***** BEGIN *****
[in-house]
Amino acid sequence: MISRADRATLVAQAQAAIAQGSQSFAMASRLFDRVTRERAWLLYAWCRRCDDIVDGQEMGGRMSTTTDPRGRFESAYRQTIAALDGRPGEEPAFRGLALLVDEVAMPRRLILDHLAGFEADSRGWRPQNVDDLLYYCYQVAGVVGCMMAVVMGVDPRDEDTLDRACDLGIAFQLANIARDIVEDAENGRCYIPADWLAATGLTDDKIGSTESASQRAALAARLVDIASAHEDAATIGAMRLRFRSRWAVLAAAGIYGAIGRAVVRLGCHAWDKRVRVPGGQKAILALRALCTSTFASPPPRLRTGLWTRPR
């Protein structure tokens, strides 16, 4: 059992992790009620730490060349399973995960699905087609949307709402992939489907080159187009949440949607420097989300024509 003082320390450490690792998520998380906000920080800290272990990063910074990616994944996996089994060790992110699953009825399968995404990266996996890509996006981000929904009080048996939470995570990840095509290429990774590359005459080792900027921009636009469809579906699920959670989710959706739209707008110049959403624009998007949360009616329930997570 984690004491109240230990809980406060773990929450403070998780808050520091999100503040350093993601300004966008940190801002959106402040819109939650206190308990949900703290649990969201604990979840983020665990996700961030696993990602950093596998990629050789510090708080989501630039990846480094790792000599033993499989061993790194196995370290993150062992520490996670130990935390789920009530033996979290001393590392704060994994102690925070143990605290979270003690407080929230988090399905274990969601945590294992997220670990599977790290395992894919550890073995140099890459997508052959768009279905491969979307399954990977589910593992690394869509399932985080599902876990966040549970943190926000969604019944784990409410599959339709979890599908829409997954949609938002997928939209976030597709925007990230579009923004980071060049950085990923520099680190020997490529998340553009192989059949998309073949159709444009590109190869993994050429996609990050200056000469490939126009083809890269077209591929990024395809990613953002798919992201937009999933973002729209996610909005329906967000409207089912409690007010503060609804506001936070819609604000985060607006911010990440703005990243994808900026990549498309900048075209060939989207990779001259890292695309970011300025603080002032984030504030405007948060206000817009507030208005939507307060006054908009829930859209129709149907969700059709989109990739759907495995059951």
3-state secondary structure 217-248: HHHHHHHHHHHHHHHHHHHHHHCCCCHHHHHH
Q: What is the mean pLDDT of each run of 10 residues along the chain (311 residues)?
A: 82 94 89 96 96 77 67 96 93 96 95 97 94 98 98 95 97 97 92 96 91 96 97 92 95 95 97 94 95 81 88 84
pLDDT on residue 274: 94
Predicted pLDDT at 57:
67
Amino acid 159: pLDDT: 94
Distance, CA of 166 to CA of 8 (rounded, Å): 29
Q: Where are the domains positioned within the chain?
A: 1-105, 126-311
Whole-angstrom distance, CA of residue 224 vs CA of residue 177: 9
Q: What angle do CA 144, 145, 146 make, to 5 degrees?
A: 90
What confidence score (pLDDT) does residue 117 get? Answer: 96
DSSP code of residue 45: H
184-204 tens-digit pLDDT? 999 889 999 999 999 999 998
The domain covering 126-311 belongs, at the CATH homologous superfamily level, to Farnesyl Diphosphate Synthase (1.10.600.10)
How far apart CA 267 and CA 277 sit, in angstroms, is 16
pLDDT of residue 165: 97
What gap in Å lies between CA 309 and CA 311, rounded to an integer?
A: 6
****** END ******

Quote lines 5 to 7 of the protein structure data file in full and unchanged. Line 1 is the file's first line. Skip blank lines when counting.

Q: What is the mean pLDDT of each run of 10 residues along the chain (311 residues)?
A: 82 94 89 96 96 77 67 96 93 96 95 97 94 98 98 95 97 97 92 96 91 96 97 92 95 95 97 94 95 81 88 84
pLDDT on residue 274: 94